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Ian Rankin talk on The Dark Remains in St. Andrews


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Not too sure where this should be put so Mods please move as appropriate. 


On Monday night I was in St. Andrews to see Ian Rankin. Part of the events laid on by the bookshop Topping & Company. Throughout the year they have lots of these events featuring authors with books to promote. 


Ian Rankin was there to talk about his completion of the book The Dark Remains based on notes by the deceased author William McIlvanney. I must admit I knew nothing about McIlvanney and was interested to learn he was one of the authors who inspired Rankin to write the Rebus books. 


McIlvanney created a detective called Jack Laidlaw and set the books in the 70's in Glasgow. He was advised by his publishers that tho he may make lots of money from the novels they would do little for his standing in literary circles and so he abandoned them in favour of literature, essays and poetry. 


After completing his first few Rebus novels and by then living in France, Rankin started corresponding with McIlvanney by letter and they became friends. Prior to his death McIlvanney had been planning on returning to his Detective Laidlaw and had written about 100 pages of notes for a prequel and a final book to close the chapter on the detective. He died before starting to write the book. The notes were just that, it wasn’t 100 pages of the prequel novel, just ideas, sketches, lines and paragraphs and no ending.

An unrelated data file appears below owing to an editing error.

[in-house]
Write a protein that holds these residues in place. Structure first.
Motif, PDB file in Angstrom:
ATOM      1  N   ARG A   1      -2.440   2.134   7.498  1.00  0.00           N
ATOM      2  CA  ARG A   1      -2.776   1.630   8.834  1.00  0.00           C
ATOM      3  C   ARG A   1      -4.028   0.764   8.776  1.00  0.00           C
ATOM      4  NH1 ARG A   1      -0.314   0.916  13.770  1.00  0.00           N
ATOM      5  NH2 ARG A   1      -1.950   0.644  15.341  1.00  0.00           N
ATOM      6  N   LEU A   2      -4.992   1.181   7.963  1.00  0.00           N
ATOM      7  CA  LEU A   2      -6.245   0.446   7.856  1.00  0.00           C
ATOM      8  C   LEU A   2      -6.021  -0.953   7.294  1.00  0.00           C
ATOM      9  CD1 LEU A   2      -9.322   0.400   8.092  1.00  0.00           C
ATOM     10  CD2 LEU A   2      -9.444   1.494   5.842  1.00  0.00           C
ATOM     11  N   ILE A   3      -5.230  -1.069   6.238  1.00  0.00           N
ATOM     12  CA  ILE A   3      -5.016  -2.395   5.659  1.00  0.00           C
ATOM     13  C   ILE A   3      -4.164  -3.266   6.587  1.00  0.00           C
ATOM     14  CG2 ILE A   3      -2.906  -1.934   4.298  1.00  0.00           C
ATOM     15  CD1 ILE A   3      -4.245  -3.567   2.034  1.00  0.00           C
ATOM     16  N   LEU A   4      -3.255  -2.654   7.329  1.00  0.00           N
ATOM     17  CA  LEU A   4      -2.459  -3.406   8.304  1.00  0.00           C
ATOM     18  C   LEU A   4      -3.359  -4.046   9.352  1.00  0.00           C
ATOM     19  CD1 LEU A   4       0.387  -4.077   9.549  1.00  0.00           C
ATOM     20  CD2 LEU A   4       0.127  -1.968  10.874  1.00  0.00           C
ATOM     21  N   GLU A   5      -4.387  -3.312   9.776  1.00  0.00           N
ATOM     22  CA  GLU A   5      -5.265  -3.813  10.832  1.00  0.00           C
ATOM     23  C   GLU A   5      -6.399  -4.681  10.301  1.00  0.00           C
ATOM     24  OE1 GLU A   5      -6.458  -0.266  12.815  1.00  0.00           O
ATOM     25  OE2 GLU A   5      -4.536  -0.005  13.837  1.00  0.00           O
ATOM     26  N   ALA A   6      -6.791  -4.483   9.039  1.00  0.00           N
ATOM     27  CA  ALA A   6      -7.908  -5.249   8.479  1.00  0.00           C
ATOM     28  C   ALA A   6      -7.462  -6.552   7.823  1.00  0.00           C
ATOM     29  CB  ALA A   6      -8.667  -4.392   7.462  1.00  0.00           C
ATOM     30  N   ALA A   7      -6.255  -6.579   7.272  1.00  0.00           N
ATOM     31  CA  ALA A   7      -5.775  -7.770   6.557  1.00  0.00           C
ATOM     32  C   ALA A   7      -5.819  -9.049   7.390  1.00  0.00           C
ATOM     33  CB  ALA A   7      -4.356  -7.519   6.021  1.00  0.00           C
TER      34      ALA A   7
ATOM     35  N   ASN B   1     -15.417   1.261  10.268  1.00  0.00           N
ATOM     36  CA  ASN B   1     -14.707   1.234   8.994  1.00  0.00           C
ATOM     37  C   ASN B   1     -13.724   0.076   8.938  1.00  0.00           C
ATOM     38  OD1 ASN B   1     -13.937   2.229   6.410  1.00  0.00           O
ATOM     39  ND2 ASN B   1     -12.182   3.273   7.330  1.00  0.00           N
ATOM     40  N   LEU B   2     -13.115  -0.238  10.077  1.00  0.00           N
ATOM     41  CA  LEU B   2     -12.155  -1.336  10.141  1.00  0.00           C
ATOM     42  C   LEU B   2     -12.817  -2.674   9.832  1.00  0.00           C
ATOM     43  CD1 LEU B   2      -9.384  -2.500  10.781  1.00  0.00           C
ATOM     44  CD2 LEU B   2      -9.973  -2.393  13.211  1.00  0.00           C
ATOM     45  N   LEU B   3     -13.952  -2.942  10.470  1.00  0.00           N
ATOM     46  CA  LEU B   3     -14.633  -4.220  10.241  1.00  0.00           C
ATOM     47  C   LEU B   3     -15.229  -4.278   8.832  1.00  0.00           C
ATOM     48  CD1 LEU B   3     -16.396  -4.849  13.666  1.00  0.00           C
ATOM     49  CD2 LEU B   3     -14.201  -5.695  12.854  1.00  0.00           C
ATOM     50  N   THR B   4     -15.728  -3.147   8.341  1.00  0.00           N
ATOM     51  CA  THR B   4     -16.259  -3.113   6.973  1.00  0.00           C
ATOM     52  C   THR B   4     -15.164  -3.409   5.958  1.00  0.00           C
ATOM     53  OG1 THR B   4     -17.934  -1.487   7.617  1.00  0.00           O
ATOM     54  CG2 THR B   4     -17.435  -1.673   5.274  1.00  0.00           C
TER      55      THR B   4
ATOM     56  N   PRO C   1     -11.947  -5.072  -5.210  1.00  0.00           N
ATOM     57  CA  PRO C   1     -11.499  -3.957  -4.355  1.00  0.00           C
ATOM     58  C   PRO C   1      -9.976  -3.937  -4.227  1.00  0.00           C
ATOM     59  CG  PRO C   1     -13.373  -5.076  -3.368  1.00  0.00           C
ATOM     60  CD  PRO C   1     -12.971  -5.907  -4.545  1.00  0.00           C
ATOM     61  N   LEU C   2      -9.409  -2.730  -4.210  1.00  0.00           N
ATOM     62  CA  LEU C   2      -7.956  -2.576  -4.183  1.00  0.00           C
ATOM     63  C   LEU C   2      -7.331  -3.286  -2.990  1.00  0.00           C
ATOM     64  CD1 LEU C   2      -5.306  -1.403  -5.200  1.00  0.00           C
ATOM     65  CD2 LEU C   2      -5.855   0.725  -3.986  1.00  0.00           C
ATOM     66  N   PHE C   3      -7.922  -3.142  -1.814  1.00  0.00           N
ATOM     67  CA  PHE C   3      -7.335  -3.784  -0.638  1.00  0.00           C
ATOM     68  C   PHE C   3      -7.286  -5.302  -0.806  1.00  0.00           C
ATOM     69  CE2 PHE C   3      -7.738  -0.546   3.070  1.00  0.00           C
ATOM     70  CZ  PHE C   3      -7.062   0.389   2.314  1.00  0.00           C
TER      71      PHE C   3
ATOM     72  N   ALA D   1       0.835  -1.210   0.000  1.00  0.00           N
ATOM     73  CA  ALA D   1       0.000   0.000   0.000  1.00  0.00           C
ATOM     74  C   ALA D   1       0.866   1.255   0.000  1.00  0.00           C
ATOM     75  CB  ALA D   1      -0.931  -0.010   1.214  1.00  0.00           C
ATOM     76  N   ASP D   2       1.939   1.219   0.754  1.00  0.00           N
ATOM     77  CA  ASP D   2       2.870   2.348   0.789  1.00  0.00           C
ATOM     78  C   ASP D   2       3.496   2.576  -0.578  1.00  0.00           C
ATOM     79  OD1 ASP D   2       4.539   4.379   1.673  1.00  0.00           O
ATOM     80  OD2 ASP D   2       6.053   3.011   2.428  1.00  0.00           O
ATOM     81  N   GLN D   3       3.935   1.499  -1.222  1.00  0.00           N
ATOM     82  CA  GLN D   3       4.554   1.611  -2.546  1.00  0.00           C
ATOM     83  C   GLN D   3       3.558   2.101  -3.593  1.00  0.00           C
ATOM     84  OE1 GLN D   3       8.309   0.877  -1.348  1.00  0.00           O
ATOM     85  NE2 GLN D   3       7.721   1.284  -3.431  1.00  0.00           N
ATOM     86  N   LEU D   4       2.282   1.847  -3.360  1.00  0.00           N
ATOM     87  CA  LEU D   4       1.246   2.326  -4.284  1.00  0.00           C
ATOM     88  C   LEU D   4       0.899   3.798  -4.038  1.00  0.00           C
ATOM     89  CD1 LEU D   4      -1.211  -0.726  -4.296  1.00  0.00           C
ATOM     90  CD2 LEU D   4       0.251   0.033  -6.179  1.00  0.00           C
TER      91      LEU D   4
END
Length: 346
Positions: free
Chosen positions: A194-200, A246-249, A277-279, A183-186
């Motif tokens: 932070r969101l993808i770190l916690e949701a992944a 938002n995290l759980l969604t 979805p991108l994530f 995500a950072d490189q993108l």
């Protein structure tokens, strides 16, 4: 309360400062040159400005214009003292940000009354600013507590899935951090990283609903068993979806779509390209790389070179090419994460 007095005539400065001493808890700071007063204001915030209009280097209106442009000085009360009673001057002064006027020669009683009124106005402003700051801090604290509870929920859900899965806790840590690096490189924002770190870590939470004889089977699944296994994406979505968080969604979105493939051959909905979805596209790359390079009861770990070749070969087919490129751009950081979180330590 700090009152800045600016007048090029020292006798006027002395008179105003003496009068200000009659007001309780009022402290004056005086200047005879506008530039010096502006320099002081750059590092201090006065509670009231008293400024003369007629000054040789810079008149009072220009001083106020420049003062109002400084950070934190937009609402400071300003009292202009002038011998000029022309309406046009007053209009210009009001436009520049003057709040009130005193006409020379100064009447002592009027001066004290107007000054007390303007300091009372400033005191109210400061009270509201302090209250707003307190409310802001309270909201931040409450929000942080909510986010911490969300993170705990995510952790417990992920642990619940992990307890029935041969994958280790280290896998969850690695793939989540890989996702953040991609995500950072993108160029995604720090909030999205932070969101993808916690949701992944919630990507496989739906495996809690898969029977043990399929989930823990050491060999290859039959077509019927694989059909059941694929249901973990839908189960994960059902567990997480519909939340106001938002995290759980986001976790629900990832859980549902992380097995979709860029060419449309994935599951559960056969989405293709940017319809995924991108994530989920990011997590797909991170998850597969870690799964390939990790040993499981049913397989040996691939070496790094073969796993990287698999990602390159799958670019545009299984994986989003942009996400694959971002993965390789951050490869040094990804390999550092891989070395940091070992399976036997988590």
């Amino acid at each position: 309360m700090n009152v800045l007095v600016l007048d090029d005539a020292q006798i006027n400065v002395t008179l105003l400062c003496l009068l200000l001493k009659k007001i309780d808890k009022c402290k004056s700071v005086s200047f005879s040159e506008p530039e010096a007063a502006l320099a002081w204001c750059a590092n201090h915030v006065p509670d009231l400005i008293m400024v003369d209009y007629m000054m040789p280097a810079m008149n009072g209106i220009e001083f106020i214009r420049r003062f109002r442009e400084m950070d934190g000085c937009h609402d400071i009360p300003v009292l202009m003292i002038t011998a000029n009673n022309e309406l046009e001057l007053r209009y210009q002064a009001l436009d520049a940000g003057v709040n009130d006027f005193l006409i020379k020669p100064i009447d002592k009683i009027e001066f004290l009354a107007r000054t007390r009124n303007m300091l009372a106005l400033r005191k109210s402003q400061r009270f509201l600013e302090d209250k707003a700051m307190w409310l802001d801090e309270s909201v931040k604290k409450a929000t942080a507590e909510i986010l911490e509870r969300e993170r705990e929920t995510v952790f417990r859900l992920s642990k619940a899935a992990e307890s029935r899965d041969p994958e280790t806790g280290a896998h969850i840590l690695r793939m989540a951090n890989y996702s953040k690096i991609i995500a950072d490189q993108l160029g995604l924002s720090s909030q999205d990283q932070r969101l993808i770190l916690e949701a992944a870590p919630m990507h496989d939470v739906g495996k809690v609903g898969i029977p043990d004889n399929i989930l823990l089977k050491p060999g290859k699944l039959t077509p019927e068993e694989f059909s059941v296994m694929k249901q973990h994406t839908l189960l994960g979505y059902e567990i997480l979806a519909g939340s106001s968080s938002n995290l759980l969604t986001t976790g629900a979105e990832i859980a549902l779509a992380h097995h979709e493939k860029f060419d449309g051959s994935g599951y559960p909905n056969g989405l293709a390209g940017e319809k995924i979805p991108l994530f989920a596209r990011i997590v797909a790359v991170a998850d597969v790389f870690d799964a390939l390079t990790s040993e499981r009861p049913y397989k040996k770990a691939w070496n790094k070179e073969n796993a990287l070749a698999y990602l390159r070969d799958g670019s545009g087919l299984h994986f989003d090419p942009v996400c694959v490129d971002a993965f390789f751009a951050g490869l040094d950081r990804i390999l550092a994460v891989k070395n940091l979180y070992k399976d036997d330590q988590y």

Six years after his death his publishers suggested someone write the prequel book and his widow said she would like Rankin to do it. And during the second UK lockdown he set about the task and the result is The Dark Remains. 


Rankin spoke for over an hour and then answered questions. He has obviously spoken live many times as he was immediately at ease and soon expanding on his talk, taking little meanders down other avenues of thought relating to his writings and Rebus. One of the questions he was asked was about his first Rebus novel and the fact that in the tenement Rebus lives there was another resident called Jock Laidlaw. Rankin admitted he’d forgotten all about that but agreed it was probably a nod to McIlvanney’s creation. He also talked about other aspects he’d forgotten, like how the back story for Big Ger (the gangster nemesis of Rebus originally had him coming from Glasgow and then Rankin changed it to Edinburgh. These for me back up my disagreement with teachers I’ve had telling me all about what the author was thinking at the time of writing, how this or that passage or place or name means such and such. I don’t believe every author knows everything about their books or why they include names, places etc. Some of course do but not all aspects of books are as planned as some teachers would have us believe. And therefore, unless there is actual writing from the author stating something about the book we cannot always infer as so many scholarly people seem to do about the meanings etc in the book. I’m sure many will disagree with me on that.


But, back from my own little meander, if you have the chance to go and have a listen to Rankin I would recommend it. He came across as an intelligent, amiable and informed speaker.


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